Friday, July 23, 2010

Possible Responses to Current Reality

Carolyn Baker was one of the first people I read who helped me accept our current reality, one of the first people who gave me hope that I wasn't losing my sanity but actually finding it, one of the first people who offered me a new vision of ways I might pesonally respond to the situation at hand. I have intended to write her for months and let her know what a positive impact she's made on my life, but I haven't done it. I know why and I'm working on that particular fear.

Carolyn believes that collapse offers humanity a rare opportunity at this time - an opportunity to become reinitiated into the earth community. Carolyn has identified several possible responses to learning about collapse which she categorizes as either "initiated" or "uninitiated". We all begin from an uninitiated perspective. I prefer to categorize them as "before" and "after". Before we learn about what's happening, how could we possibly be expected to respond in a mature way? And after? Well, that's up to us.

Uninitiated Responses

Entitlement: This should not be happening to me. I have worked very hard in my life and
deserve to be gainfully employed doing meaningful work.

Positive Attitude: You can wallow in gloom and doom if you want but I'm going to maintain a positive outlook. I'm afraid I'll get depressed and won't be able to dig myself out of an emotional dungeon.
Solutions: There are solutions to these problems. Technology and human ingenuity will lead the way.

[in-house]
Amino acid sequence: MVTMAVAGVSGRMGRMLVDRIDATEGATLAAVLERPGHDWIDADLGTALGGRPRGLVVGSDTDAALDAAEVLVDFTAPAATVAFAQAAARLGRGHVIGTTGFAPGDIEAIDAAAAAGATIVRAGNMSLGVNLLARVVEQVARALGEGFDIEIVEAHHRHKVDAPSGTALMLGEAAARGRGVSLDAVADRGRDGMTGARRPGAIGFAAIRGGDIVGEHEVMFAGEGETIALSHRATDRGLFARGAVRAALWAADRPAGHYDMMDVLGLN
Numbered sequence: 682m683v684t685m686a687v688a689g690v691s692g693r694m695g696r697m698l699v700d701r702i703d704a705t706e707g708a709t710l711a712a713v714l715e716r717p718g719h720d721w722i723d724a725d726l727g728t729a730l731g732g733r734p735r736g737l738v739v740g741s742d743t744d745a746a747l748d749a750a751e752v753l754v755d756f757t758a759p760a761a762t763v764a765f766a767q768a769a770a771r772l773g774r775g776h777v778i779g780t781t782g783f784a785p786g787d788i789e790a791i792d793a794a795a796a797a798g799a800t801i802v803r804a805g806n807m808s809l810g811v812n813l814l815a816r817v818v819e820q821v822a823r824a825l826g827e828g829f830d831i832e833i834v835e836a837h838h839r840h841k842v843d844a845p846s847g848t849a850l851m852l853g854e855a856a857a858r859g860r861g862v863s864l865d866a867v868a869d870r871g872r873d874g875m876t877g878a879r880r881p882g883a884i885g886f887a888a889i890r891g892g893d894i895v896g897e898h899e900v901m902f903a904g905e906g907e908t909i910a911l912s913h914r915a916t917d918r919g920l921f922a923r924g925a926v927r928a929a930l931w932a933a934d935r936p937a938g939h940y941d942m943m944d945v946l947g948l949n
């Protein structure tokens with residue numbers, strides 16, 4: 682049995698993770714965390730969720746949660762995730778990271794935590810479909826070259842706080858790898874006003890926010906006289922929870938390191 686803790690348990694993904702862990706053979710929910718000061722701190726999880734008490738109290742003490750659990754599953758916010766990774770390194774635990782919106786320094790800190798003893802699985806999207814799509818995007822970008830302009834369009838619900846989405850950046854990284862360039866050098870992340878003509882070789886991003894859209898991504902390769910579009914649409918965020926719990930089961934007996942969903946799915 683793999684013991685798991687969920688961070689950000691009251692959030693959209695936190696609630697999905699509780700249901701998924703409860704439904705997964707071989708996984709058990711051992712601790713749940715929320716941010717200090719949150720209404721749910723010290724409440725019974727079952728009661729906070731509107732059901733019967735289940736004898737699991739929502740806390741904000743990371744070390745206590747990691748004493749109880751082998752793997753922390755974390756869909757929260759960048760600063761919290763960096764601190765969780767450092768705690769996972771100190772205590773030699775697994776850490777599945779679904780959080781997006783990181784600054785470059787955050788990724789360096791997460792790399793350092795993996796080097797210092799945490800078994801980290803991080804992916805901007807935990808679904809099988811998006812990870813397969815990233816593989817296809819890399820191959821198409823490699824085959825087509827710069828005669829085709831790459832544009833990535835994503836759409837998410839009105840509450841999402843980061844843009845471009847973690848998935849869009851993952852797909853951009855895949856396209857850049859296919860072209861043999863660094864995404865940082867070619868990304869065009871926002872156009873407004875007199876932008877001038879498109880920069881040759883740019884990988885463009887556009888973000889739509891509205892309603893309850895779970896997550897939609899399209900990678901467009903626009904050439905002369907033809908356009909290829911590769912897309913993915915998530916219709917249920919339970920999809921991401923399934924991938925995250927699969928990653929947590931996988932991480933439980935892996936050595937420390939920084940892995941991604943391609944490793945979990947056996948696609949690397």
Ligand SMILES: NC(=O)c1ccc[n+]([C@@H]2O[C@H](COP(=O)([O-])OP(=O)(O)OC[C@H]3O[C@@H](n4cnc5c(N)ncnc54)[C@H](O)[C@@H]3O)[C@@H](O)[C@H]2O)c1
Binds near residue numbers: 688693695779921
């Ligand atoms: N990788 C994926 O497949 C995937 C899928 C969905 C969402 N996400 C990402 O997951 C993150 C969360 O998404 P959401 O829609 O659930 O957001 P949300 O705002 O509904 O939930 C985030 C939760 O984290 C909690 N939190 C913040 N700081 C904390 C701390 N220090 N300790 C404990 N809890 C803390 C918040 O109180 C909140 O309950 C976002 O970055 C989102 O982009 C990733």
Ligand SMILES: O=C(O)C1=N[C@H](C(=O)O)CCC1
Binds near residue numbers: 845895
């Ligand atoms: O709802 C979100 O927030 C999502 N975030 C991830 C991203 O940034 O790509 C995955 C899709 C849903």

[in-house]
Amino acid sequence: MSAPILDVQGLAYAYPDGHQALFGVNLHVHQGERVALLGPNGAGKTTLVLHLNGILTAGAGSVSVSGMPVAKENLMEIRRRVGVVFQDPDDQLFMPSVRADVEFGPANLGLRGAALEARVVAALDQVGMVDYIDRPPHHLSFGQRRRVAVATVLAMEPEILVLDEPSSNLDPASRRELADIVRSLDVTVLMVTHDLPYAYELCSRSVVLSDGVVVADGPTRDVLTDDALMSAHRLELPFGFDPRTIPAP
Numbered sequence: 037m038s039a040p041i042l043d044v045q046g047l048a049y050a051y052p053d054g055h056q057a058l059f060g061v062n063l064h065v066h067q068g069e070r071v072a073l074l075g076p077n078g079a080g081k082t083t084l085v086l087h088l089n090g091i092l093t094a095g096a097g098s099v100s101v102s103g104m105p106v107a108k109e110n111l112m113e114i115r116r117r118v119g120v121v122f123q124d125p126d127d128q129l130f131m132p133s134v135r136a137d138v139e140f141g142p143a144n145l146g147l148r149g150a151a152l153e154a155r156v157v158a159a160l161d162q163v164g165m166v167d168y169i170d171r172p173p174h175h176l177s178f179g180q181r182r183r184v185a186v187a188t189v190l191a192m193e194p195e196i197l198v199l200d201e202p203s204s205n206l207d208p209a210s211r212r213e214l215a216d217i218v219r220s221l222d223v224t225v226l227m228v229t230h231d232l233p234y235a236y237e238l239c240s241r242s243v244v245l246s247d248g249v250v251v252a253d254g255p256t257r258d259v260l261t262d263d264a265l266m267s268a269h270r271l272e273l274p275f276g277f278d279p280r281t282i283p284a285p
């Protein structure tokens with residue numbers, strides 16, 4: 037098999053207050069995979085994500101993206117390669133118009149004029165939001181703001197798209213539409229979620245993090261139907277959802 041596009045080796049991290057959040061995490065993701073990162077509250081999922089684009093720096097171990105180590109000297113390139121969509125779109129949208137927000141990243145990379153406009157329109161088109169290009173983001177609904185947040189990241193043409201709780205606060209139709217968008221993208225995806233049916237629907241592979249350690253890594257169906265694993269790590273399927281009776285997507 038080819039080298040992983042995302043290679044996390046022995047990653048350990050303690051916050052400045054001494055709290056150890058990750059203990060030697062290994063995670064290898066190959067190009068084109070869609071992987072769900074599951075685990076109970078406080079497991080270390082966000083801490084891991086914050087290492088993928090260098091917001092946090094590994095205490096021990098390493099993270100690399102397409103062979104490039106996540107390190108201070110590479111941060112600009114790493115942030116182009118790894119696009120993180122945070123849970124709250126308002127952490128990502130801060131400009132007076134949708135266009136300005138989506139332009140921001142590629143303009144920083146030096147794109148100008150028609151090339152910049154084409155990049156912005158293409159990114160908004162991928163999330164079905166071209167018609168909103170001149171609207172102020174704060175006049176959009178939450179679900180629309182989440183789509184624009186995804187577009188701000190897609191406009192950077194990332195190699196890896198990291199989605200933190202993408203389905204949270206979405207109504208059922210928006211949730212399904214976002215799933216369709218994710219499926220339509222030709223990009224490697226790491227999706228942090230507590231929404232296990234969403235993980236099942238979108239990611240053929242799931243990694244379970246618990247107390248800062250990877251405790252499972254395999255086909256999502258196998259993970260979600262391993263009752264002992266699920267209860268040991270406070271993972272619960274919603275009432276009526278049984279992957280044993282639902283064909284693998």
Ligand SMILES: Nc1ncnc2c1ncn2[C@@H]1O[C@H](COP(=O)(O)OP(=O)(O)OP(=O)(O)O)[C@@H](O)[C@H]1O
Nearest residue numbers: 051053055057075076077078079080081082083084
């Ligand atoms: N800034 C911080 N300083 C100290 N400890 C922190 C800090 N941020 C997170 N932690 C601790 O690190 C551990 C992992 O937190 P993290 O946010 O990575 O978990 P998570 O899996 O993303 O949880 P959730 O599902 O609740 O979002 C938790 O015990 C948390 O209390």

Sustainability: If enough people recycle, cut carbon emissions, buy green products and use renewable energy, we can prevent the collapse of civilization.

Delay: I deal with problems when they happen instead of obsessing about them ahead of time. I'll take action when I need to.

Present Moment: It's important to live in the here and now right now and right now my family and I are okay. It's mentally unhealthy to be thinking and talking about the collapse of civilization.

Love/Fear: I want to take action, but I don't want to do so out of fear. Fear is not a good motivator. I prefer to focus on love and compassion.

It's so interesting when I run into these responses in the real world and I do all the time. I'm finding that the majority of people with whom I discuss collapse are responding with Solutions. I hung onto that one until the Gulf spill. Now it's obvious to me that we do not have the technology to safely finish what we've begun. I also run into a lot of Sustainability, Present Moment and Love/Fear, the latter two which find their home in the current New Age spiritual paradigm.

Now let's look at the possible responses from an initiated/after perspective:

Initiated Perspective